Maro Makashvili is a renowned freedom fighter who gave her life for Georgia’s independence during the 1921 war. The Parliament of Georgia honored this national icon by dedicating a chamber after her. The Maro Makashvili Chamber will host an exposition featuring women members of the Georgian Parliament throughout history.
It was renovated and equipped through the Parliament’s Gender Equality Council, with assistance from the Government of Sweden, the United Nations Development Program (UNDP) and UN Women.
Born into a noble family of well-known writers, Makashvili was a 19-year-old student at Tbilisi State University when the Red Army invaded Georgia in February 1921. She volunteered as a nurse and was sent to Kojori along with the Georgian Regiment, where she met her untimely death. From the 1920s to the present, artists, poets and composers and the Georgian public have memorialized and cherished her heroism, elevating her to a symbol of Georgia’s struggle for independence. In 2015, she became the first woman to be awarded the Georgian Order of National Hero.
The 7 December opening of the Chamber brought together a range of supporters from the Government, civil society and international organizations. This included Parliament Chairperson Kakhaber Kuchava, Chairperson of the Parliament’s Gender Equality Council MP Nino Tsilosani, Ambassador of Sweden Ulrik Tideström, UNDP Head Nick Beresford and UN Women Country Representative Kaori Ishikawa.
Unit Manager for Human Rights, Gender Equality and Social Inclusion Lela Akiashvili and representatives of the Public Defender’s Office and civil society organizations delivered a seminar for youth about women’s political empowerment and their role in building democracy.
“Maro Makashvili is the first woman to be awarded the Georgian Order of National Hero. It is symbolic that Parliament now has a chamber named in her honor, which which will remain for generations. Maro Makashvili, who fought for Georgia’s independence, is a symbol of how to build a strong country,” said Kakhaber Kuchava.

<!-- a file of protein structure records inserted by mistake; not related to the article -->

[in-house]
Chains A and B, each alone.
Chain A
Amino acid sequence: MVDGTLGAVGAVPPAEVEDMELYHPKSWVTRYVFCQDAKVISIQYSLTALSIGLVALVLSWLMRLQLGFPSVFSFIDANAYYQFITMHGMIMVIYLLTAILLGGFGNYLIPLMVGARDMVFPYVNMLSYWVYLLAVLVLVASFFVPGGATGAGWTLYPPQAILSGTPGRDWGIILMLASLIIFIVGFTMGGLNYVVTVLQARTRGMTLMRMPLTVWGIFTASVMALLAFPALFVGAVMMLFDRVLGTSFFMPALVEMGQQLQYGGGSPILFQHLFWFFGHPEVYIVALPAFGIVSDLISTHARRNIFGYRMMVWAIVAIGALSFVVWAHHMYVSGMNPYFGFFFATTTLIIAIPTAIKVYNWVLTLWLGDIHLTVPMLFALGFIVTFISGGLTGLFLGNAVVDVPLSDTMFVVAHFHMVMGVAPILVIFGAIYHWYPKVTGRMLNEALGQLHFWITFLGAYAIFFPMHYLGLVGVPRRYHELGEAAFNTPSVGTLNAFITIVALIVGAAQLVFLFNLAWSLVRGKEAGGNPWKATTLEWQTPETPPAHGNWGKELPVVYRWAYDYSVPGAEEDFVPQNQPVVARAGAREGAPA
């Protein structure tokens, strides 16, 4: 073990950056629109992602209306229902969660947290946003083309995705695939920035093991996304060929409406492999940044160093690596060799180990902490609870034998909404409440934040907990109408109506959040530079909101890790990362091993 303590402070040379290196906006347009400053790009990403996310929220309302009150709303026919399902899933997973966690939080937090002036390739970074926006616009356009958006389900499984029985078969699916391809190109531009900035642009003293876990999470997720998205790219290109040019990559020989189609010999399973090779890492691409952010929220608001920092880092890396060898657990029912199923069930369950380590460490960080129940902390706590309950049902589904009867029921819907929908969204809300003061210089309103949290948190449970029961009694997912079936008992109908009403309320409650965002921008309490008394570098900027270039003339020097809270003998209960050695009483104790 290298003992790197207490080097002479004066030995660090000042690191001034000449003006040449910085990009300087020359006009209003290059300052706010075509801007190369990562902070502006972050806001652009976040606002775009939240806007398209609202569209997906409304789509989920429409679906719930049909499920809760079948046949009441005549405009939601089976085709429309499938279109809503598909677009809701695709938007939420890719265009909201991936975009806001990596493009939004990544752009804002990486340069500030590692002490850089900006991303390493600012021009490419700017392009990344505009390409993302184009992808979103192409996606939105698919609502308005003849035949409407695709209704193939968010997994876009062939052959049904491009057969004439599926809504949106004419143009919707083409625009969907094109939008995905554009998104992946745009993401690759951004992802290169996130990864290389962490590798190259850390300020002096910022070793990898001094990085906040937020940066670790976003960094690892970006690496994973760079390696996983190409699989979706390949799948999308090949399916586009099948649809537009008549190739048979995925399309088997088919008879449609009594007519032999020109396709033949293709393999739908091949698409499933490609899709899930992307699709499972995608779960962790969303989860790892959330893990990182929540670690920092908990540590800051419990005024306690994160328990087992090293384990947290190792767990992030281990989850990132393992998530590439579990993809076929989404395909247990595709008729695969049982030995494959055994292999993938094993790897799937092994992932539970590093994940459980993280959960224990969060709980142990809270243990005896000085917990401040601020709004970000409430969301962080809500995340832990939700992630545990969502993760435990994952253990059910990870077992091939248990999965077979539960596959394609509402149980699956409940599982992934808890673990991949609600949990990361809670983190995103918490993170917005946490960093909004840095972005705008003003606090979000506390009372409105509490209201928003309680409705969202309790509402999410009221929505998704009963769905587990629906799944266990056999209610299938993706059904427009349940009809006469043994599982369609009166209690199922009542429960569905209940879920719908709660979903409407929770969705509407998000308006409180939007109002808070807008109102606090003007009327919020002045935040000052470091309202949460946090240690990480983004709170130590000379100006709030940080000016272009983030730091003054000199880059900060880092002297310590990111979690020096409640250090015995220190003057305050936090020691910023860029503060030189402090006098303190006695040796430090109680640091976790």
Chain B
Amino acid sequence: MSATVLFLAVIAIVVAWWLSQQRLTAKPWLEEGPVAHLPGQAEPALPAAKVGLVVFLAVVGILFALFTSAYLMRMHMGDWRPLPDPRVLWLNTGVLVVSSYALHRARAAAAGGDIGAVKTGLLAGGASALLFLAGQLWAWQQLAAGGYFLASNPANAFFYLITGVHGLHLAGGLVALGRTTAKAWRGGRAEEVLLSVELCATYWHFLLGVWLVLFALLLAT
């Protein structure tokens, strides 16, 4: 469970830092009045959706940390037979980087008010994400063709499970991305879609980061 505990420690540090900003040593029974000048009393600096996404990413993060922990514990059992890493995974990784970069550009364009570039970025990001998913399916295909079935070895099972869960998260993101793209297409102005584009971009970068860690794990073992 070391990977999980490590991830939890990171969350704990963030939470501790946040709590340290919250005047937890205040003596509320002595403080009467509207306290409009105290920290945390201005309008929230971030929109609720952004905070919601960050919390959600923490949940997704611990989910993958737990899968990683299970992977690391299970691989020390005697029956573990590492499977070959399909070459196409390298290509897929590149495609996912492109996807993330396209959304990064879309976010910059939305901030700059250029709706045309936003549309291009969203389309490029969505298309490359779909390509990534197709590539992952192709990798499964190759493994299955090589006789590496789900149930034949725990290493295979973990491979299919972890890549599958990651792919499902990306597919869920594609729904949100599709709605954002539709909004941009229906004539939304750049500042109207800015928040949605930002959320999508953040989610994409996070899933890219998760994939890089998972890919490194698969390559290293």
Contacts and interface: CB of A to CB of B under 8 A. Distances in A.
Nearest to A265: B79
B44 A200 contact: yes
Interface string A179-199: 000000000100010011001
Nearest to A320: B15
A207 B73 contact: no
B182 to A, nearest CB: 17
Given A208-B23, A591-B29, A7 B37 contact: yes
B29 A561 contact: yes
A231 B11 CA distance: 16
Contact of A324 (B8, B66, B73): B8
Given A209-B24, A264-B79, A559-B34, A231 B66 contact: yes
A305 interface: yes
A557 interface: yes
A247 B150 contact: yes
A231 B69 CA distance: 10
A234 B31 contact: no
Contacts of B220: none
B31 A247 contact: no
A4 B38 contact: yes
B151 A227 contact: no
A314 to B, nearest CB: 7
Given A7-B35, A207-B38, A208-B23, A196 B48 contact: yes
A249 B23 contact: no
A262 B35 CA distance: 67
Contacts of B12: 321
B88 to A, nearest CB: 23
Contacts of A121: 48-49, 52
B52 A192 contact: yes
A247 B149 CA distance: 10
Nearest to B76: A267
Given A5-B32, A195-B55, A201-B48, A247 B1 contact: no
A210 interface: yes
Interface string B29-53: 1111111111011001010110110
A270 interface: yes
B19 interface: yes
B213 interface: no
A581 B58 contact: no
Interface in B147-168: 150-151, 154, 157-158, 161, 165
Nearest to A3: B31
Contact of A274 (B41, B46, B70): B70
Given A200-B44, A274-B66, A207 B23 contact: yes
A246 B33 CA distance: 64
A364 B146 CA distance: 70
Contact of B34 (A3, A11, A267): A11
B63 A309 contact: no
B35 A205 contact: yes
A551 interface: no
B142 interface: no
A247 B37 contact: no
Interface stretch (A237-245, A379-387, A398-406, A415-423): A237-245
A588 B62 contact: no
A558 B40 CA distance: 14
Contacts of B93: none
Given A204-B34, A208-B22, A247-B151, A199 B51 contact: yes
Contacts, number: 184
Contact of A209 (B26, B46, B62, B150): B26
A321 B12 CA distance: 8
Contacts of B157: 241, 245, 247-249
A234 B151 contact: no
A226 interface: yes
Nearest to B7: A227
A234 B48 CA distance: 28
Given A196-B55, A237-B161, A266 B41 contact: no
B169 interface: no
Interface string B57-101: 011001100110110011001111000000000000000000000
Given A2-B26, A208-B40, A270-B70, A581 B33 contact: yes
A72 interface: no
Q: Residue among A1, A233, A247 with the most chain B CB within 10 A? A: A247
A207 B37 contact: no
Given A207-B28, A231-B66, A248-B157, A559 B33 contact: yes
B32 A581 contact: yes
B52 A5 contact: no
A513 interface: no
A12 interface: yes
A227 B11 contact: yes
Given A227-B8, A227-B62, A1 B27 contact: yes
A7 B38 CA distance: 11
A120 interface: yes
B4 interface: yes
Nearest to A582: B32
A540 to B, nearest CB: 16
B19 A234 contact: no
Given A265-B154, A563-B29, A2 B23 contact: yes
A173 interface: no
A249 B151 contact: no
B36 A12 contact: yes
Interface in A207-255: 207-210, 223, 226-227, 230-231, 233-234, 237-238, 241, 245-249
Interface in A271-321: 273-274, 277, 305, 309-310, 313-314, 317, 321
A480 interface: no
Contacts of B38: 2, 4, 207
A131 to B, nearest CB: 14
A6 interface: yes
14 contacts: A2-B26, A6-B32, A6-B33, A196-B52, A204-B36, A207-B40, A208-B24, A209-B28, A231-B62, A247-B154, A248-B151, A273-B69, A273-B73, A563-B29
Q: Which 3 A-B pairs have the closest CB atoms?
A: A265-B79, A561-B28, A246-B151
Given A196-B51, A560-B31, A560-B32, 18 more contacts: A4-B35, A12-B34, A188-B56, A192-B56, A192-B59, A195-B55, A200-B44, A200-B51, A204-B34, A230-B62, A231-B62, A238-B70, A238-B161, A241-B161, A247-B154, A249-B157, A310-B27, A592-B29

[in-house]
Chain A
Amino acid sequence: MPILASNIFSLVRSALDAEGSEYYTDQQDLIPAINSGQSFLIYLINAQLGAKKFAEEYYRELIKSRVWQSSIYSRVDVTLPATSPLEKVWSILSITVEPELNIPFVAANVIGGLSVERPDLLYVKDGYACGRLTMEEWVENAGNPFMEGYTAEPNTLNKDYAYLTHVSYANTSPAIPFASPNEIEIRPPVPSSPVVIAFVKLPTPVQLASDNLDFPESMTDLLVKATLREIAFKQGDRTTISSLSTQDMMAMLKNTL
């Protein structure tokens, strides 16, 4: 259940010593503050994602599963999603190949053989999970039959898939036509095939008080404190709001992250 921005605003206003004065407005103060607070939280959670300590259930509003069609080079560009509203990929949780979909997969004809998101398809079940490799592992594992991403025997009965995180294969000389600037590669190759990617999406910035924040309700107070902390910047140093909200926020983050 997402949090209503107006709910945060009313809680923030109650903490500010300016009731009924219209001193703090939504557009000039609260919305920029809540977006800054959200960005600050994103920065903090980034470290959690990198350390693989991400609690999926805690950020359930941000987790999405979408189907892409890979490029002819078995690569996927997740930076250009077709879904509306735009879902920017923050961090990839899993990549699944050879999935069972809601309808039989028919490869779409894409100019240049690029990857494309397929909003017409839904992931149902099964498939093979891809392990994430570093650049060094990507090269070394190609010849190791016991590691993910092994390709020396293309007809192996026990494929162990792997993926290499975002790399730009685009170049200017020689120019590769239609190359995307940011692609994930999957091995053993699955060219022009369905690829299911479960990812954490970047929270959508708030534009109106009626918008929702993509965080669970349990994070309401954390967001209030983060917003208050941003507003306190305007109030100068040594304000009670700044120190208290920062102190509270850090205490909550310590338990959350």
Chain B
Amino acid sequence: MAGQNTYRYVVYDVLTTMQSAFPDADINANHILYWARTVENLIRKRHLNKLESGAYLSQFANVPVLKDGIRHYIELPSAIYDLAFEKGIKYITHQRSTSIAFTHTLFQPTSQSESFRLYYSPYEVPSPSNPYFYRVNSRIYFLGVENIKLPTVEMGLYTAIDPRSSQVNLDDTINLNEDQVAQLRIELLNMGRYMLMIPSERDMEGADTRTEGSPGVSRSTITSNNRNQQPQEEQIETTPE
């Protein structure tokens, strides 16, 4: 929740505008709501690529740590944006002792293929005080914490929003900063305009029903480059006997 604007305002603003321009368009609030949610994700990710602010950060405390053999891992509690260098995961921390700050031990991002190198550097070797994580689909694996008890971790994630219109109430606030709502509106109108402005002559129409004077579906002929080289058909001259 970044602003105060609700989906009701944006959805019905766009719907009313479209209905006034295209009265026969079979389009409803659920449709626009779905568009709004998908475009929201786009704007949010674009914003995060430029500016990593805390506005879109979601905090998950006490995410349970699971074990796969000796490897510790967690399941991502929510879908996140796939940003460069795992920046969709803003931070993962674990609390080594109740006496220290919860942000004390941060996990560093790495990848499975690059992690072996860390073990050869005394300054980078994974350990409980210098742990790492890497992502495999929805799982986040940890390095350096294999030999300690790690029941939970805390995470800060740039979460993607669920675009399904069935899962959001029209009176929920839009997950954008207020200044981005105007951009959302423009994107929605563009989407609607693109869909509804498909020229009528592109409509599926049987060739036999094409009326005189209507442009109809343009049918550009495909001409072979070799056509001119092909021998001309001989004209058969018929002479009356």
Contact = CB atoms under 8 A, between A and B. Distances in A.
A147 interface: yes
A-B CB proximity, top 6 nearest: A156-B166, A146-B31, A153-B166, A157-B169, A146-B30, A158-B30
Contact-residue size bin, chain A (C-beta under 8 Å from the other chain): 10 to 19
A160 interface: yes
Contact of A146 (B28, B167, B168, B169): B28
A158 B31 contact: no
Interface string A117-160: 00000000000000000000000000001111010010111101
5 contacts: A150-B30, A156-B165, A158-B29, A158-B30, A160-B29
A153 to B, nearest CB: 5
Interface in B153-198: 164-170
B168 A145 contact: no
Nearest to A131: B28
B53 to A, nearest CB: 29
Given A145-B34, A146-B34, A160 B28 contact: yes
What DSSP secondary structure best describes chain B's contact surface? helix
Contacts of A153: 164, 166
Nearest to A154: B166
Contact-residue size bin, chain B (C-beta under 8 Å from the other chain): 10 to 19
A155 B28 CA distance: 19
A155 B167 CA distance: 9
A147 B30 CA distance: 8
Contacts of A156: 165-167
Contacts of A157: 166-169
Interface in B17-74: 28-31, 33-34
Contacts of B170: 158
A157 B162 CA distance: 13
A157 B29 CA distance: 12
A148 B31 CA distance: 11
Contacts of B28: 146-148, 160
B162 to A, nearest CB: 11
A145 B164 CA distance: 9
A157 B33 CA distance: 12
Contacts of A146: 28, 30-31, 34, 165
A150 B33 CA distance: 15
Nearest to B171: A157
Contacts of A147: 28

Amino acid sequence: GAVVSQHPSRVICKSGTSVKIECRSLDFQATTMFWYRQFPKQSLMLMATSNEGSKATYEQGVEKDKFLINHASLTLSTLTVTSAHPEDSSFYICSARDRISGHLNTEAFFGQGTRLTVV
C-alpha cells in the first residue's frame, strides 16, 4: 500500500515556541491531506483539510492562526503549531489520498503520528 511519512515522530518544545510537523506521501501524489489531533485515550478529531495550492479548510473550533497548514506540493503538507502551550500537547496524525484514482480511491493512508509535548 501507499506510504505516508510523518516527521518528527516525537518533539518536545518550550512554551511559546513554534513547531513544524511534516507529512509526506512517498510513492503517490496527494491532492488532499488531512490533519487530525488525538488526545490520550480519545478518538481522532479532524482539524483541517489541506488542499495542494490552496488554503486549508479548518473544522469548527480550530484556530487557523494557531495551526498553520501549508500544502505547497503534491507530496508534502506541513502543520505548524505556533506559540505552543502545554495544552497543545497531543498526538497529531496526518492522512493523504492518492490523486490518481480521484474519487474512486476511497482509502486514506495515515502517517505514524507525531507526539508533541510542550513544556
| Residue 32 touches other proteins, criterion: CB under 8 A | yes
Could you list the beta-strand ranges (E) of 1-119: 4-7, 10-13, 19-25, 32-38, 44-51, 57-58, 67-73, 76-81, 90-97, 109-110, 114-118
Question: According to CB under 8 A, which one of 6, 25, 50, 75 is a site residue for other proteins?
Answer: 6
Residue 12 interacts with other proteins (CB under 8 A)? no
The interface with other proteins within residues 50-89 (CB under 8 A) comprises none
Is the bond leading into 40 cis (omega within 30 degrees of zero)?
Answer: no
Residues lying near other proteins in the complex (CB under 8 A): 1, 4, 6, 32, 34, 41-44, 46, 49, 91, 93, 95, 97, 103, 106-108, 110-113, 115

“The names of courageous and talented Georgian women are written in history. Their struggle for equality, human rights, independence and freedom is inseparable from the development of Georgia. As we pay tribute to women heroes of the past, we also salute women leaders of the present who pave the way to achieving gender equality, protecting human rights and increasing women’s participation in Georgia’s political and economic life,” said Ambassador of Sweden Ulrik Tideström.
“Georgia’s history remembers many extraordinary women who shone like stars in public life. Yet women still have to struggle with gender stereotypes that lead to discrimination, gender-based violence and political and economic under-representation. As we acknowledge women’s roles in Georgia’s democratic development, we need to consolidate efforts and take concrete steps to create an equal environment for all citizens — women and men alike,” said UNDP Head Nick Beresford.
The Maro Makashvili Chamber was established under the auspices of the ongoing 16 Days of Activism Against Gender-Based Violence campaign. The event is also part of this year’s Human Rights Week that brings together UNDP’s local and international partners and wide circles of Georgia’s society. This includes the Government Administration, Parliament, the Public Defender’s Office, the European Union, UN agencies, the Government of Sweden, civil society organizations and international agencies.